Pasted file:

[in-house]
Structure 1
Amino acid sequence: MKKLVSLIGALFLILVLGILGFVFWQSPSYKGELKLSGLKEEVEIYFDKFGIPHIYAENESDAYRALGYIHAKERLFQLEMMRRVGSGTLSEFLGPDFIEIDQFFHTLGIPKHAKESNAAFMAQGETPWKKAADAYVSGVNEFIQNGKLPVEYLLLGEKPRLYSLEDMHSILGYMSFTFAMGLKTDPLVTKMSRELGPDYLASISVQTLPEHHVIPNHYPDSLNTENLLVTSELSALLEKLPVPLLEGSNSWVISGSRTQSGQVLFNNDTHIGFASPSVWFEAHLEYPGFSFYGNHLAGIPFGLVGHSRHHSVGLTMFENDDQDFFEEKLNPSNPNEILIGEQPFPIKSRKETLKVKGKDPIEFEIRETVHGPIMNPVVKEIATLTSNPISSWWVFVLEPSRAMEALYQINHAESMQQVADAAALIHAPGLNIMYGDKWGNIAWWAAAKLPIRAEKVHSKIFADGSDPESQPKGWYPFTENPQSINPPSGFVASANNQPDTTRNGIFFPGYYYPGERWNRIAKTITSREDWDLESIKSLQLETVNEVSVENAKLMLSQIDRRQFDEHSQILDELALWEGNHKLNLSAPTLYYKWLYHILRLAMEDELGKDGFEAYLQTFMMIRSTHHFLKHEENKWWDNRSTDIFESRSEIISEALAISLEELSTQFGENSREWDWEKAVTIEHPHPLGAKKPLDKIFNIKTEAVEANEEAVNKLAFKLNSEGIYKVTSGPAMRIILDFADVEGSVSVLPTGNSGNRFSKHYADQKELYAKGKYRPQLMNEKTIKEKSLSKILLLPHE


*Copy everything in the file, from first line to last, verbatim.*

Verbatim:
[in-house]
Structure 1
Amino acid sequence: MKKLVSLIGALFLILVLGILGFVFWQSPSYKGELKLSGLKEEVEIYFDKFGIPHIYAENESDAYRALGYIHAKERLFQLEMMRRVGSGTLSEFLGPDFIEIDQFFHTLGIPKHAKESNAAFMAQGETPWKKAADAYVSGVNEFIQNGKLPVEYLLLGEKPRLYSLEDMHSILGYMSFTFAMGLKTDPLVTKMSRELGPDYLASISVQTLPEHHVIPNHYPDSLNTENLLVTSELSALLEKLPVPLLEGSNSWVISGSRTQSGQVLFNNDTHIGFASPSVWFEAHLEYPGFSFYGNHLAGIPFGLVGHSRHHSVGLTMFENDDQDFFEEKLNPSNPNEILIGEQPFPIKSRKETLKVKGKDPIEFEIRETVHGPIMNPVVKEIATLTSNPISSWWVFVLEPSRAMEALYQINHAESMQQVADAAALIHAPGLNIMYGDKWGNIAWWAAAKLPIRAEKVHSKIFADGSDPESQPKGWYPFTENPQSINPPSGFVASANNQPDTTRNGIFFPGYYYPGERWNRIAKTITSREDWDLESIKSLQLETVNEVSVENAKLMLSQIDRRQFDEHSQILDELALWEGNHKLNLSAPTLYYKWLYHILRLAMEDELGKDGFEAYLQTFMMIRSTHHFLKHEENKWWDNRSTDIFESRSEIISEALAISLEELSTQFGENSREWDWEKAVTIEHPHPLGAKKPLDKIFNIKTEAVEANEEAVNKLAFKLNSEGIYKVTSGPAMRIILDFADVEGSVSVLPTGNSGNRFSKHYADQKELYAKGKYRPQLMNEKTIKEKSLSKILLLPHE